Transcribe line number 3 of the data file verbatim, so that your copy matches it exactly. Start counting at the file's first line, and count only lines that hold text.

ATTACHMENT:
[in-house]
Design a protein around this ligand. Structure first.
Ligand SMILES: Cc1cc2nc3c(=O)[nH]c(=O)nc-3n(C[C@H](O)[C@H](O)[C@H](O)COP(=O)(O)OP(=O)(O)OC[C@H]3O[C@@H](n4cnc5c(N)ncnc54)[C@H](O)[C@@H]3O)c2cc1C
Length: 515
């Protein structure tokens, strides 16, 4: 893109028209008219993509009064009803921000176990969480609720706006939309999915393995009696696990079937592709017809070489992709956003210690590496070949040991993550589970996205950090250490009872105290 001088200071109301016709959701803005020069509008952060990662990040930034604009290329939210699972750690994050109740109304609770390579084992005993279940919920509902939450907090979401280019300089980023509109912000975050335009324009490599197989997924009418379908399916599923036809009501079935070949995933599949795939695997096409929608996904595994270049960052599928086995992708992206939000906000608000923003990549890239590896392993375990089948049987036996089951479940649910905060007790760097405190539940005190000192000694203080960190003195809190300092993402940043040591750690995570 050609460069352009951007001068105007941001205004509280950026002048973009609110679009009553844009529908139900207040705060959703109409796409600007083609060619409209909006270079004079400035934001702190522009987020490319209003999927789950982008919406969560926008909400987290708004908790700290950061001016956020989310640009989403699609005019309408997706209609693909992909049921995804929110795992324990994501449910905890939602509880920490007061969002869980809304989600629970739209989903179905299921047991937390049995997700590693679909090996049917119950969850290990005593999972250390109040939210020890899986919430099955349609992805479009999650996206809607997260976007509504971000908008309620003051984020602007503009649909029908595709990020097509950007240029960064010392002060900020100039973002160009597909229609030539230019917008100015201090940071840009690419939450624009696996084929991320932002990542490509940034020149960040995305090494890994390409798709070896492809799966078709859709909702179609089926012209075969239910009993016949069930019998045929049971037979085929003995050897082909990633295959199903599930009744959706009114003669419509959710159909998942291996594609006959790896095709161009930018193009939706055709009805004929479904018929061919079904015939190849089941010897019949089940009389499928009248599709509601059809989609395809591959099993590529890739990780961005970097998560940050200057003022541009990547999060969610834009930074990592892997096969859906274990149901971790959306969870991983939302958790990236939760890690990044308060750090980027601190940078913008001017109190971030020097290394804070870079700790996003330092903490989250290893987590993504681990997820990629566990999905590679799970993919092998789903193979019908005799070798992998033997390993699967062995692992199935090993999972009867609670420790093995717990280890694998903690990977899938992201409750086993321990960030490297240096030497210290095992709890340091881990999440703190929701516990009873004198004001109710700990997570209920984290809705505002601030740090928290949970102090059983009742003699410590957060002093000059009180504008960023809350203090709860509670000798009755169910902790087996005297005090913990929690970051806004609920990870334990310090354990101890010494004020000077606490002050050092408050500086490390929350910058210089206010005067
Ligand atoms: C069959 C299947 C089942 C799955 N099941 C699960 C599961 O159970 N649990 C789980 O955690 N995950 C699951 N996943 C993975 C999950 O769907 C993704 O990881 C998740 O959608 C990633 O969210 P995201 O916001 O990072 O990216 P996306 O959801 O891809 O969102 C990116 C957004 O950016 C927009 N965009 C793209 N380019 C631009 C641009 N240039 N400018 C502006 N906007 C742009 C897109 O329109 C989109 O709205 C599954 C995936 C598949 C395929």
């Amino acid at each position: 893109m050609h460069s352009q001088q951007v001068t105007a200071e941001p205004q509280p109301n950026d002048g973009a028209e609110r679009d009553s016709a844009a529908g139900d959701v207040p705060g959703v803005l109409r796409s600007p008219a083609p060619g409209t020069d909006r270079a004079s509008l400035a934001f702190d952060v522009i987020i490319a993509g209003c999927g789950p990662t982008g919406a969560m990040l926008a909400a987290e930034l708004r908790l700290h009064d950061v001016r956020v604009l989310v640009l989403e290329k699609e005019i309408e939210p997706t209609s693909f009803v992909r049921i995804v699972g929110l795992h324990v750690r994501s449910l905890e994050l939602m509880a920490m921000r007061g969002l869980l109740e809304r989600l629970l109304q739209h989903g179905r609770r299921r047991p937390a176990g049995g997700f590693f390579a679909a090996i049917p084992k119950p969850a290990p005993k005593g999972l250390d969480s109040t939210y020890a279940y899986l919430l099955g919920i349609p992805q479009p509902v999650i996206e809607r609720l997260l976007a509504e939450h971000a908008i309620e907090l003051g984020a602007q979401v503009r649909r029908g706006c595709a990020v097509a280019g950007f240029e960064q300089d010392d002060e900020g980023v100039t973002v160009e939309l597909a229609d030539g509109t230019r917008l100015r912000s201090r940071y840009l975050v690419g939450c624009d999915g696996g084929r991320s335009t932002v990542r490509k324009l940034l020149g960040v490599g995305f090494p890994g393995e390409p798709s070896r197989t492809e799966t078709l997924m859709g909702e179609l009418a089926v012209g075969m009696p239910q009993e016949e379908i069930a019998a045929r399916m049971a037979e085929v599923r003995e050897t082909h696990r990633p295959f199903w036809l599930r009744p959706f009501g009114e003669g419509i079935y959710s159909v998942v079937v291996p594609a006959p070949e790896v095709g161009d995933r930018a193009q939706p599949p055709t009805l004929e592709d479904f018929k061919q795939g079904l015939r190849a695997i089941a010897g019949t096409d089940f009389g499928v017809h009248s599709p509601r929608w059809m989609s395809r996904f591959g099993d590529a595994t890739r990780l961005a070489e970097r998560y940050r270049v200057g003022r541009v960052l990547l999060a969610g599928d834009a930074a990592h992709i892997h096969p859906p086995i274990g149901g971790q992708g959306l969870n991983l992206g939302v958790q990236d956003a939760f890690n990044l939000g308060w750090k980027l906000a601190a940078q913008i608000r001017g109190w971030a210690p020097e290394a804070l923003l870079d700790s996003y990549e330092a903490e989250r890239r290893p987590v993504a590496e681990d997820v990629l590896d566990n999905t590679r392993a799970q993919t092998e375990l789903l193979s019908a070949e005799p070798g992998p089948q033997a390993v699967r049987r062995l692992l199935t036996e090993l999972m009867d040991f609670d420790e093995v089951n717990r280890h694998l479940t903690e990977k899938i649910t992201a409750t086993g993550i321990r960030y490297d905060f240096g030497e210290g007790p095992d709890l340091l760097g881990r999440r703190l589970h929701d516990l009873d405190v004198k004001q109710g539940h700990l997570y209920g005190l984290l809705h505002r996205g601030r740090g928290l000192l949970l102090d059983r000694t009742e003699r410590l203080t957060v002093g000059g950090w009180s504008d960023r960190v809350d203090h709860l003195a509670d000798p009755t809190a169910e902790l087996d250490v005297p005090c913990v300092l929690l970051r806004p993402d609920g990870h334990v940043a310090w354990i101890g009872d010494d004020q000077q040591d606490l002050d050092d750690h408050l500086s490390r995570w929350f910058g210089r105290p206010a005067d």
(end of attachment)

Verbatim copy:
Ligand SMILES: Cc1cc2nc3c(=O)[nH]c(=O)nc-3n(C[C@H](O)[C@H](O)[C@H](O)COP(=O)(O)OP(=O)(O)OC[C@H]3O[C@@H](n4cnc5c(N)ncnc54)[C@H](O)[C@@H]3O)c2cc1C